Post from May, 2024

The Core of Art

Sunday, 19. May 2024 22:47

A number of artists I know consider themselves story-tellers. They firmly believe that art is to be found only in stories. Some even say that if there is an artifact that is not story-based, the artist would do well to create a story to accompany the artifact in order to attract an audience, or, at the very least, incorporate a story about how the work came to be. That may or may not work.

There is, however, art that is not story-based: many still-life images, both painted and photographed, are not story-based, for example. A number of sculptures are not story-based, nor are many musical compositions and choreographic pieces. All of this raises the question, what is at the artistic core of a piece of art if not a story?

Let’s take as given that art works seek to engage the audience and communicate something. The next step is to determine how they do what they intend to do. In narrative forms, that seems to be story—at least in most cases. The story carries the audience along, keeping members engaged until the something is communicated. Sometimes this takes the entire length of the interaction, and sometimes it’s all just leading to a single moment.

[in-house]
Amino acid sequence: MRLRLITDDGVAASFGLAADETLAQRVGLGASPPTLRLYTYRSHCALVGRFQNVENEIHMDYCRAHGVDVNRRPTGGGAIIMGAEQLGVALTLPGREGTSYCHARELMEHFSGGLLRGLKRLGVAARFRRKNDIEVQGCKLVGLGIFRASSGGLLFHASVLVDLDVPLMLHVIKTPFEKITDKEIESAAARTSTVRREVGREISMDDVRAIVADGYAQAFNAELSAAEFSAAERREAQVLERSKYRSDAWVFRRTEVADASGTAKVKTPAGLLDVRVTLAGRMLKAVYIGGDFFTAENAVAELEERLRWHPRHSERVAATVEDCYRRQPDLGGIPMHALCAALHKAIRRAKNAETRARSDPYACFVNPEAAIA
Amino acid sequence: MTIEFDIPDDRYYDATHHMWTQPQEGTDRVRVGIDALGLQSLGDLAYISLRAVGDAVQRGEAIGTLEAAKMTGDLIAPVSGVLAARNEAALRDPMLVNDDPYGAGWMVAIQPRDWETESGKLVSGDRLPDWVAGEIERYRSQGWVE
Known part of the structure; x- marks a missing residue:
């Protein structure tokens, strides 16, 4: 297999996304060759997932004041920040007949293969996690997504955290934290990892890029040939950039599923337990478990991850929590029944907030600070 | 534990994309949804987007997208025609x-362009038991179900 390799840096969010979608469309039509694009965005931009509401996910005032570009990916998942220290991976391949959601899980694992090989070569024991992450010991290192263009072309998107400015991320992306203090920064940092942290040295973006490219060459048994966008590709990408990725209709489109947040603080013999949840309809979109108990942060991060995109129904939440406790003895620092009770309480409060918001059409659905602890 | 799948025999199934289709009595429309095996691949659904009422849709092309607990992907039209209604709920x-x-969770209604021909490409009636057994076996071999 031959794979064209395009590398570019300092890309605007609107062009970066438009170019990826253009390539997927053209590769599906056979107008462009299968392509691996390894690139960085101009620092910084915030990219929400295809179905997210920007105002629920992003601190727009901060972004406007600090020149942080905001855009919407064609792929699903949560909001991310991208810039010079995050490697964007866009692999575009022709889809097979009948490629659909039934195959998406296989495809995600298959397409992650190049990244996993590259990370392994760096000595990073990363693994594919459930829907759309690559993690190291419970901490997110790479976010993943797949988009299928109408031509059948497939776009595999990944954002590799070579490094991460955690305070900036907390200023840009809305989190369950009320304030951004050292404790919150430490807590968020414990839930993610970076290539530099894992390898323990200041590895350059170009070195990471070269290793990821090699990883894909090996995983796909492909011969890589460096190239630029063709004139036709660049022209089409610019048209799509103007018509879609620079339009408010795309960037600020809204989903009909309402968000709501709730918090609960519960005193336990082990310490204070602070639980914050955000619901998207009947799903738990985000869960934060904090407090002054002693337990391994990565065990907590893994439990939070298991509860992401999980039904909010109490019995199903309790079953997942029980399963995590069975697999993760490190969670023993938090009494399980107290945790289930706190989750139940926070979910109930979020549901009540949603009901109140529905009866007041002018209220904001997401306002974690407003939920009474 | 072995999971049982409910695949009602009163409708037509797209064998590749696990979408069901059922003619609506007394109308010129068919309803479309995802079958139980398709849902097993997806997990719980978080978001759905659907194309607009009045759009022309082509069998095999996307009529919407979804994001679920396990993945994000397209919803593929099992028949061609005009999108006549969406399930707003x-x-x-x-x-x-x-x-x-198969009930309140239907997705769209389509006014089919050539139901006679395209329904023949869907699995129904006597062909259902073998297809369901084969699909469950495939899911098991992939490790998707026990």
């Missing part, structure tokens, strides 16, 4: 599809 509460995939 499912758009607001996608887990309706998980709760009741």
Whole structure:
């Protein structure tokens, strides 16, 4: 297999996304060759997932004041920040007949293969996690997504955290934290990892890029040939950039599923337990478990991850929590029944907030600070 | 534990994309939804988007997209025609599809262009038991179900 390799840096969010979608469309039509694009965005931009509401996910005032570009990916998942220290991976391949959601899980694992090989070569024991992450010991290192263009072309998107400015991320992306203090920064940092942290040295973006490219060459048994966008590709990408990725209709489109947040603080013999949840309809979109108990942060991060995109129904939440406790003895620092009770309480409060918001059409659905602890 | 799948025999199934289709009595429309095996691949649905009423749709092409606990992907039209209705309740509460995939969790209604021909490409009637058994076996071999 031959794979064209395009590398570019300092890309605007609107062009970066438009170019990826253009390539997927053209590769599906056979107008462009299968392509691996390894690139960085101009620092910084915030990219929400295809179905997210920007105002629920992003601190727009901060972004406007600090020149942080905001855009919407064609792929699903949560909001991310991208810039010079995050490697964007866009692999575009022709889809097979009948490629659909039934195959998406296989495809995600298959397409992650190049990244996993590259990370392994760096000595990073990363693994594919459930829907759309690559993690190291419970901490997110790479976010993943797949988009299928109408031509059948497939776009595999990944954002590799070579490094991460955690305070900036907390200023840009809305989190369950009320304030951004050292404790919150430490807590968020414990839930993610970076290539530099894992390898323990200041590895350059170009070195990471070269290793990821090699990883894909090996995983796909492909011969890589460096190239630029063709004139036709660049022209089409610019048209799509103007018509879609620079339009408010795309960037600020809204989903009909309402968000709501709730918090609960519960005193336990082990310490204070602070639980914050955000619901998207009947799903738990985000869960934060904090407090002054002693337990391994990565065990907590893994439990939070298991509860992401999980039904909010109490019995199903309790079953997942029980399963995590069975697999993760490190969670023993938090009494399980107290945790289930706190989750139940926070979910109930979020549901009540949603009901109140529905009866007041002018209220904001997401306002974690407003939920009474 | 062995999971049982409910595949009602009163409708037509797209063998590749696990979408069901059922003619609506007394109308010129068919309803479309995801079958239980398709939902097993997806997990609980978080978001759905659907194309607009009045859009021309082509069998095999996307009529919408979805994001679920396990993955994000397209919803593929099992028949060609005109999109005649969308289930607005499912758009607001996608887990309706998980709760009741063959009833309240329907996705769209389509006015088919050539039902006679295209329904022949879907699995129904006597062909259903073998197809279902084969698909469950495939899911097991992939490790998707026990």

Non-narrative forms, on the other hand, do it differently. Some of these forms present the whole of what they are and what they are attempting to say all at once. These are mostly photographs, paintings, and sculptures. Some of these may be story-based, but many are not, and present whatever they have to present on first viewing, although multiple viewings may be warranted. Other non-narrative forms, such as dance and music present their content through time, but in a non-narrative fashion. Unless stories are added to the presentation of such pieces, they rely solely on what is presented to carry their messages.

So are all arts just different in the ways that they communicate with their audiences? Of course they are. As we have seen, some rely on stories to carry the message while others rely on mere seeing. And, of course there are all the possibilities in between. If this is the case is there anything that the arts have in common? I believe that there is, and I think it is that the core of a piece of art relies on a moment of connection between the piece and the individual audience member. Sometimes, there are many such moments in a piece; sometimes there is only one. The number is immaterial. Also unimportant is whether there is a story or not, or the nature of that story if it does exist. The important thing is that there is at least one such a moment in an artistic piece, so the piece can speak to the audience member.

And those moments do not have to be profound. There are all sorts of levels of artistry, and some have very important things to say, while others are of lesser profundity. What is important is that there is a moment of connection, a moment when the piece speaks directly to the audience member, and the audience member recognizes that connection. It’s why we appreciate art.

Category:Audience | Comment (0) | Author:

Artists are Magpies

Sunday, 5. May 2024 21:58